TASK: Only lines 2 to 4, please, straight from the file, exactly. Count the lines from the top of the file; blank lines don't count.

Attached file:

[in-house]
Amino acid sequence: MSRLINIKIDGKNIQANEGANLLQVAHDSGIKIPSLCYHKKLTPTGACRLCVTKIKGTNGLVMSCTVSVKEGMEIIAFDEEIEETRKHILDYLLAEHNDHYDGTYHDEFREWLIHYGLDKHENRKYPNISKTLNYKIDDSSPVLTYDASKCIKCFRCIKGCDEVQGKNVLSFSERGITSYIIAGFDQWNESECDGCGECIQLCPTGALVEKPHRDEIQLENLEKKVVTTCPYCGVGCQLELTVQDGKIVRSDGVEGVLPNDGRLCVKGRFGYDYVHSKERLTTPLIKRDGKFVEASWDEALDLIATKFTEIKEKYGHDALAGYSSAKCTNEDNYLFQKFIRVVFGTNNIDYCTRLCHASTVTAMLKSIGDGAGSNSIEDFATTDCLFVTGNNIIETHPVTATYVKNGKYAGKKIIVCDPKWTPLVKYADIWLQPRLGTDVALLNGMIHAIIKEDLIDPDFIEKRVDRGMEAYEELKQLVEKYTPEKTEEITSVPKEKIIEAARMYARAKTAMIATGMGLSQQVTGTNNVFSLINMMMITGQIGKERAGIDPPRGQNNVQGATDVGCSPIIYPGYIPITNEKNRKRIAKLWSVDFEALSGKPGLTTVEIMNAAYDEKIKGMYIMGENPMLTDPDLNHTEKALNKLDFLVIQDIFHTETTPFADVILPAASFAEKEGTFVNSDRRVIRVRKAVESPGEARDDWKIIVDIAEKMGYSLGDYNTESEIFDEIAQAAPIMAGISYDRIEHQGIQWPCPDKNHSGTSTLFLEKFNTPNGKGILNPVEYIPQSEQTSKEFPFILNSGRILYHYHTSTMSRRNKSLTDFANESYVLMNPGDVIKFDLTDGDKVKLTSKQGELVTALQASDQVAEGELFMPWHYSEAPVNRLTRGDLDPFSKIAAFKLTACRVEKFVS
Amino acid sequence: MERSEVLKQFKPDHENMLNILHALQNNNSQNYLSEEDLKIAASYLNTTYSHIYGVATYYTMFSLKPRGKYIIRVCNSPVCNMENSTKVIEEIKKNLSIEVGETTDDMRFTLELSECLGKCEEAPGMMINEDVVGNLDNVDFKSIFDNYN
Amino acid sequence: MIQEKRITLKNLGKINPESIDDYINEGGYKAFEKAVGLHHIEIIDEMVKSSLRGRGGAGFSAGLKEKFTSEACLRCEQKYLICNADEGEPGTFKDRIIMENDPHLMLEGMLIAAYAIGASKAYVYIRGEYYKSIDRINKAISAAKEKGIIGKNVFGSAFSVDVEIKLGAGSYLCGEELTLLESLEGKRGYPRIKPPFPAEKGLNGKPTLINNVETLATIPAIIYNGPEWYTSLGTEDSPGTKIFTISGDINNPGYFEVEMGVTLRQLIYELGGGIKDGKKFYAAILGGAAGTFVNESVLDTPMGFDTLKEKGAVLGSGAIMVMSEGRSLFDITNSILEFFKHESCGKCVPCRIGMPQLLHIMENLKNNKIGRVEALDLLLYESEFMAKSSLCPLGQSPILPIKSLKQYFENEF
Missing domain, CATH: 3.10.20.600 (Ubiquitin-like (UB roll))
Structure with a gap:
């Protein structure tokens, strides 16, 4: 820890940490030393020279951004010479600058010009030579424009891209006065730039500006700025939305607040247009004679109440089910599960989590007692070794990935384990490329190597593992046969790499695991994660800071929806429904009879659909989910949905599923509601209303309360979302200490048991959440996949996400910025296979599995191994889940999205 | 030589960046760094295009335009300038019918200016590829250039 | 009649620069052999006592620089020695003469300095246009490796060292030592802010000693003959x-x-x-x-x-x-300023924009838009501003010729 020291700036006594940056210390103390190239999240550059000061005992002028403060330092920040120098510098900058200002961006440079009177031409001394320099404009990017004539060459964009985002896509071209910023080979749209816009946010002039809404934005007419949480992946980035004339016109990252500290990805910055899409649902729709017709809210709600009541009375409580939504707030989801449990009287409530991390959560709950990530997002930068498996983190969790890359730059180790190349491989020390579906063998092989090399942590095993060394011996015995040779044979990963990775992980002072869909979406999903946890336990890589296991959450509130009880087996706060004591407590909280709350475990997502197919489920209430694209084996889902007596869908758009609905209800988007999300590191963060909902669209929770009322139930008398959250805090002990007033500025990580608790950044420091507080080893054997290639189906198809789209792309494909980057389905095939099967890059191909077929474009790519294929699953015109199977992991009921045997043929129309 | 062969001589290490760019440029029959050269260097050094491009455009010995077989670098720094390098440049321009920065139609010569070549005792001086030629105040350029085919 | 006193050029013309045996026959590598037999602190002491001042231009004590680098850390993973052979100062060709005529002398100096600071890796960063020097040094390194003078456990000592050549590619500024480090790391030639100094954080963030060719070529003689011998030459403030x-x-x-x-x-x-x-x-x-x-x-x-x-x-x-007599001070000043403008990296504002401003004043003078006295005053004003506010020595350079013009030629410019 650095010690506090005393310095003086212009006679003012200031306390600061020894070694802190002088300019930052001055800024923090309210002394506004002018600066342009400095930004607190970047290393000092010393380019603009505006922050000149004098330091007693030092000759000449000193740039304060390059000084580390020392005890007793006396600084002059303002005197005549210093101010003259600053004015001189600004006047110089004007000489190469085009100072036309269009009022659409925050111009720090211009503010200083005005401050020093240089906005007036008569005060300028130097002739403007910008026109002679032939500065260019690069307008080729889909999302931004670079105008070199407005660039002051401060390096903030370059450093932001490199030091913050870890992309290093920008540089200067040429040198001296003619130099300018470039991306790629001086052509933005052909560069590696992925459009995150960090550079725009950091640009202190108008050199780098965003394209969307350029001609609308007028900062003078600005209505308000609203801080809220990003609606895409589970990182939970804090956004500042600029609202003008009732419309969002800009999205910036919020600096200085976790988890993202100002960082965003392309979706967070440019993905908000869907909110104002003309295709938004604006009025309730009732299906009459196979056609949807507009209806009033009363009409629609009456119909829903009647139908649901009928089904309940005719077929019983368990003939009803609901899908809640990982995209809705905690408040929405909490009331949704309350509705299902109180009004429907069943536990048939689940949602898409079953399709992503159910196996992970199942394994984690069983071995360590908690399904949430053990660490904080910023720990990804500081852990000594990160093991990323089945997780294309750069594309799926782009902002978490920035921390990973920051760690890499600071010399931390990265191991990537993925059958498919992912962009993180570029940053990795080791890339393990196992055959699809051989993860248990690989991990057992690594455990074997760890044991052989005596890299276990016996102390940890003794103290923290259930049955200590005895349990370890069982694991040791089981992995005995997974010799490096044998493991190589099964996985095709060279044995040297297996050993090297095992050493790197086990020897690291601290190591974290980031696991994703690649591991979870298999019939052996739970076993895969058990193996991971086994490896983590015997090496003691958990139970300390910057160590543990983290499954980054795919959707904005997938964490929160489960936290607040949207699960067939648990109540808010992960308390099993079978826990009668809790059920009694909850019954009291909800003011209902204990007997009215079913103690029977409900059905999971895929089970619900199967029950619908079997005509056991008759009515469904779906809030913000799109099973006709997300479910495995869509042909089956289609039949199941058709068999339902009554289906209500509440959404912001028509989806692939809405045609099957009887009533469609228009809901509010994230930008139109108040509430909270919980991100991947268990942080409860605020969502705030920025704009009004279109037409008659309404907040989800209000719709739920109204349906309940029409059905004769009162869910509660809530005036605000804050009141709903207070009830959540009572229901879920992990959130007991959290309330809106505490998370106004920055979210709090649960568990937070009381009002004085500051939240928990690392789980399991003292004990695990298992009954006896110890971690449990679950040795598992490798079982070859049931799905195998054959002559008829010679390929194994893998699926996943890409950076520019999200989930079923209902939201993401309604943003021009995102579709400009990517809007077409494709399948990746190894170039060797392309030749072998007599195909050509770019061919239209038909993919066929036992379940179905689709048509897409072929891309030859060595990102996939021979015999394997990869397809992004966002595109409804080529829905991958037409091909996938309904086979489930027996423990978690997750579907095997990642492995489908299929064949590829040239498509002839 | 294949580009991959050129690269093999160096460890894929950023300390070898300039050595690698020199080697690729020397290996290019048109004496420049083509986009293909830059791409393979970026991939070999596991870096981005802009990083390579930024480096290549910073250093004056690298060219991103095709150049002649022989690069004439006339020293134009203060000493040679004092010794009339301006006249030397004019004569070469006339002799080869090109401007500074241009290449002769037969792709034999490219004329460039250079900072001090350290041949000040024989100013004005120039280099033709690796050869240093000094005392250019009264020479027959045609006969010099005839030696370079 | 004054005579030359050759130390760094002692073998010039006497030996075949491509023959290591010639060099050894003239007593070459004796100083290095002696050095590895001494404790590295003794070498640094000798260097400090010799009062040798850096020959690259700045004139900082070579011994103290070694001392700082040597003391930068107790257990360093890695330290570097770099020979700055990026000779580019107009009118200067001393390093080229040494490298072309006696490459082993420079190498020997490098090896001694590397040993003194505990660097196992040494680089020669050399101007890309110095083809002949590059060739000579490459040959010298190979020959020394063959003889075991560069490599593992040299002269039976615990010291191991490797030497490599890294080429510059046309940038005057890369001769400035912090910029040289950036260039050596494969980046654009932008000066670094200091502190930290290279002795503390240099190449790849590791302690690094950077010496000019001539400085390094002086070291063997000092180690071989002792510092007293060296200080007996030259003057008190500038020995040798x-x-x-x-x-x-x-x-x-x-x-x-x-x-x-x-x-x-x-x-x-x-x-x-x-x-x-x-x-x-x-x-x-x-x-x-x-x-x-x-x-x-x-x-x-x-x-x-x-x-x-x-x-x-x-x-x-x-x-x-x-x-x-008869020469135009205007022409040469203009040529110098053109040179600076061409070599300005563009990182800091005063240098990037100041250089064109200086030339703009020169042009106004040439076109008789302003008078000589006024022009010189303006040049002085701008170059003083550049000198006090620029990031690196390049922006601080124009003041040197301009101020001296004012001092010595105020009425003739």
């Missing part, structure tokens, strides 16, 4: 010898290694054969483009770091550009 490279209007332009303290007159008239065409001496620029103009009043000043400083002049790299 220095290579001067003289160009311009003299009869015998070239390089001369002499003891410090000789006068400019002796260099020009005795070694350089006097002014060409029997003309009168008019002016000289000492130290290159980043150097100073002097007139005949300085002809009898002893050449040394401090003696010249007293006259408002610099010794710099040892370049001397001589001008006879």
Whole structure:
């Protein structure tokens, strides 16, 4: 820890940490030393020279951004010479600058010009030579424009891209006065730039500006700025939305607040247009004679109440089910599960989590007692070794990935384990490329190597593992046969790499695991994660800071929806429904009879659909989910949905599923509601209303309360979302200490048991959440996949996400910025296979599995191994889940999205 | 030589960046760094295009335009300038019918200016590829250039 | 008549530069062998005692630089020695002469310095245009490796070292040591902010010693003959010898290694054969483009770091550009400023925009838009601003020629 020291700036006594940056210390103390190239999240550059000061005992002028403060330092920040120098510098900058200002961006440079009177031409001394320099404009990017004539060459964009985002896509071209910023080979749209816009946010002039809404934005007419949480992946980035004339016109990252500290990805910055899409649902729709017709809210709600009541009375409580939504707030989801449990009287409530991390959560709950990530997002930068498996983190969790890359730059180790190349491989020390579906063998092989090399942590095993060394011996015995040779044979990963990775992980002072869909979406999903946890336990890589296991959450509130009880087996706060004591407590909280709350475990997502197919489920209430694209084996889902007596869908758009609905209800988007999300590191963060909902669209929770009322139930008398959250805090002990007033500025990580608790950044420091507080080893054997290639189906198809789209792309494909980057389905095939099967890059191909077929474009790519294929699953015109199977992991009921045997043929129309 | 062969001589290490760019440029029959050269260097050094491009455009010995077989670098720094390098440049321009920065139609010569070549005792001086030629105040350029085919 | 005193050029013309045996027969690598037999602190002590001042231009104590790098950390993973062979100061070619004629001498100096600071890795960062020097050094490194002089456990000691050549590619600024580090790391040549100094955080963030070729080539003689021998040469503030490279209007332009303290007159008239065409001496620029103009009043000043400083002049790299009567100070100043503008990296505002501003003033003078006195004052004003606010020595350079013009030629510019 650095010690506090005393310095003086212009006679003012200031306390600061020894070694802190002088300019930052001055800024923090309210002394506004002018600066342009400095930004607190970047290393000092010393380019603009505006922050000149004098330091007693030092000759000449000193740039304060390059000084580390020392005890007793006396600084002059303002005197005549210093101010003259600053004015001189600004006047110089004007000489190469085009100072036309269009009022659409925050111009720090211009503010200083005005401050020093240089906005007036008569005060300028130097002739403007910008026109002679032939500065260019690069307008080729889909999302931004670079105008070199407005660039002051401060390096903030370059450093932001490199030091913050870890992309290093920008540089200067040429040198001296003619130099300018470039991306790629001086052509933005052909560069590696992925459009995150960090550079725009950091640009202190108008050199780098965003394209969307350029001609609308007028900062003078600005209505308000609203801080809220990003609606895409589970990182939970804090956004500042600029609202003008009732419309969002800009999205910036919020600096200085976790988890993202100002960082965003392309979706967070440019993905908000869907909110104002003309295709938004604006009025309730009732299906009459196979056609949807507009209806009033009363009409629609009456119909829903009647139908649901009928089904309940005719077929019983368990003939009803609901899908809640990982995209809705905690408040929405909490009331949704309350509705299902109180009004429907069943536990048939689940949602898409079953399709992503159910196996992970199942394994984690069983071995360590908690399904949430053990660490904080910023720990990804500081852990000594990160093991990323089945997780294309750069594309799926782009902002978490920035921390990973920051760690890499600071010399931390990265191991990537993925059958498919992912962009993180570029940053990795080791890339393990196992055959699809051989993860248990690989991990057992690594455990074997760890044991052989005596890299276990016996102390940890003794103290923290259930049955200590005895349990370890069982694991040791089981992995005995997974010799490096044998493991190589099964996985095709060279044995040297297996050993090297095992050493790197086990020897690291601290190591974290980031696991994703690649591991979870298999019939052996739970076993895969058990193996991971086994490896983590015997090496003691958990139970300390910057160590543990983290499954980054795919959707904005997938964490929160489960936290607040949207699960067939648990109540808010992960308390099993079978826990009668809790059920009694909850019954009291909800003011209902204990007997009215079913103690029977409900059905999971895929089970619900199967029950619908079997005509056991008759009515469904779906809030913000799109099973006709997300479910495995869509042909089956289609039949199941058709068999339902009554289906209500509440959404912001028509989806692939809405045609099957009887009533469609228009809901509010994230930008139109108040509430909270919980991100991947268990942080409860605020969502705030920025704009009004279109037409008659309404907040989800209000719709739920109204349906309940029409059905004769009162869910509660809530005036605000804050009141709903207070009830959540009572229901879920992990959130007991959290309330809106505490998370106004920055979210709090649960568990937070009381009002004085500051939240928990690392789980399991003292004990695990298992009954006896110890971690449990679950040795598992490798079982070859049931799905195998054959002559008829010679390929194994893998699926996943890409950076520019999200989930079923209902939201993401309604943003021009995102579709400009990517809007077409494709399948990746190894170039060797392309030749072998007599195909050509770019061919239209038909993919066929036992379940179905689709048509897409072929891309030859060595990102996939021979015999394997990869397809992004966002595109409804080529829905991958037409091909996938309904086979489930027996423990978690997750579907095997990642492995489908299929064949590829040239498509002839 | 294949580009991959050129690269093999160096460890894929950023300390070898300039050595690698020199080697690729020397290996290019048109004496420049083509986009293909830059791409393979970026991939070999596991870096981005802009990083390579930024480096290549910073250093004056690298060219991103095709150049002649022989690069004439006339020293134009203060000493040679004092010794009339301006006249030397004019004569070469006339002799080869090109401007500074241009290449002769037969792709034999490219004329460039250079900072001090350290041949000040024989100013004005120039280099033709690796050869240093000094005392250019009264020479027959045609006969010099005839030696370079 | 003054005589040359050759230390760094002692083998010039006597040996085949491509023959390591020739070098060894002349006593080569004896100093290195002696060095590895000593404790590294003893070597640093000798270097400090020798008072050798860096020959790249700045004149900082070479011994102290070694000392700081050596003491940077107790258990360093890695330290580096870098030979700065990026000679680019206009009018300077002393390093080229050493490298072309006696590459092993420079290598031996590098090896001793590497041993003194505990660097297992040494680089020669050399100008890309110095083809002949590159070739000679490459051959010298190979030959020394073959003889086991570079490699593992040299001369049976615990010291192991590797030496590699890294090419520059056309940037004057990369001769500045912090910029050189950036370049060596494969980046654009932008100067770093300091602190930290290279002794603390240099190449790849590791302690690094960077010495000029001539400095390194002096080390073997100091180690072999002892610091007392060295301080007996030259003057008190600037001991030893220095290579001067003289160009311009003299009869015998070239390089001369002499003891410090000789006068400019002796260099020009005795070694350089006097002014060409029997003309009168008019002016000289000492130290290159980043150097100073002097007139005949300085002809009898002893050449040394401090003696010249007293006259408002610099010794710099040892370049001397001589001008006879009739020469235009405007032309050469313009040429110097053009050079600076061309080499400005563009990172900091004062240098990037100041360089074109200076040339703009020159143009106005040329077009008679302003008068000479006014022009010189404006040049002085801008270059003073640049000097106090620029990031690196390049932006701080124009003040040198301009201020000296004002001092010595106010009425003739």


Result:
Amino acid sequence: MSRLINIKIDGKNIQANEGANLLQVAHDSGIKIPSLCYHKKLTPTGACRLCVTKIKGTNGLVMSCTVSVKEGMEIIAFDEEIEETRKHILDYLLAEHNDHYDGTYHDEFREWLIHYGLDKHENRKYPNISKTLNYKIDDSSPVLTYDASKCIKCFRCIKGCDEVQGKNVLSFSERGITSYIIAGFDQWNESECDGCGECIQLCPTGALVEKPHRDEIQLENLEKKVVTTCPYCGVGCQLELTVQDGKIVRSDGVEGVLPNDGRLCVKGRFGYDYVHSKERLTTPLIKRDGKFVEASWDEALDLIATKFTEIKEKYGHDALAGYSSAKCTNEDNYLFQKFIRVVFGTNNIDYCTRLCHASTVTAMLKSIGDGAGSNSIEDFATTDCLFVTGNNIIETHPVTATYVKNGKYAGKKIIVCDPKWTPLVKYADIWLQPRLGTDVALLNGMIHAIIKEDLIDPDFIEKRVDRGMEAYEELKQLVEKYTPEKTEEITSVPKEKIIEAARMYARAKTAMIATGMGLSQQVTGTNNVFSLINMMMITGQIGKERAGIDPPRGQNNVQGATDVGCSPIIYPGYIPITNEKNRKRIAKLWSVDFEALSGKPGLTTVEIMNAAYDEKIKGMYIMGENPMLTDPDLNHTEKALNKLDFLVIQDIFHTETTPFADVILPAASFAEKEGTFVNSDRRVIRVRKAVESPGEARDDWKIIVDIAEKMGYSLGDYNTESEIFDEIAQAAPIMAGISYDRIEHQGIQWPCPDKNHSGTSTLFLEKFNTPNGKGILNPVEYIPQSEQTSKEFPFILNSGRILYHYHTSTMSRRNKSLTDFANESYVLMNPGDVIKFDLTDGDKVKLTSKQGELVTALQASDQVAEGELFMPWHYSEAPVNRLTRGDLDPFSKIAAFKLTACRVEKFVS
Amino acid sequence: MERSEVLKQFKPDHENMLNILHALQNNNSQNYLSEEDLKIAASYLNTTYSHIYGVATYYTMFSLKPRGKYIIRVCNSPVCNMENSTKVIEEIKKNLSIEVGETTDDMRFTLELSECLGKCEEAPGMMINEDVVGNLDNVDFKSIFDNYN
Amino acid sequence: MIQEKRITLKNLGKINPESIDDYINEGGYKAFEKAVGLHHIEIIDEMVKSSLRGRGGAGFSAGLKEKFTSEACLRCEQKYLICNADEGEPGTFKDRIIMENDPHLMLEGMLIAAYAIGASKAYVYIRGEYYKSIDRINKAISAAKEKGIIGKNVFGSAFSVDVEIKLGAGSYLCGEELTLLESLEGKRGYPRIKPPFPAEKGLNGKPTLINNVETLATIPAIIYNGPEWYTSLGTEDSPGTKIFTISGDINNPGYFEVEMGVTLRQLIYELGGGIKDGKKFYAAILGGAAGTFVNESVLDTPMGFDTLKEKGAVLGSGAIMVMSEGRSLFDITNSILEFFKHESCGKCVPCRIGMPQLLHIMENLKNNKIGRVEALDLLLYESEFMAKSSLCPLGQSPILPIKSLKQYFENEF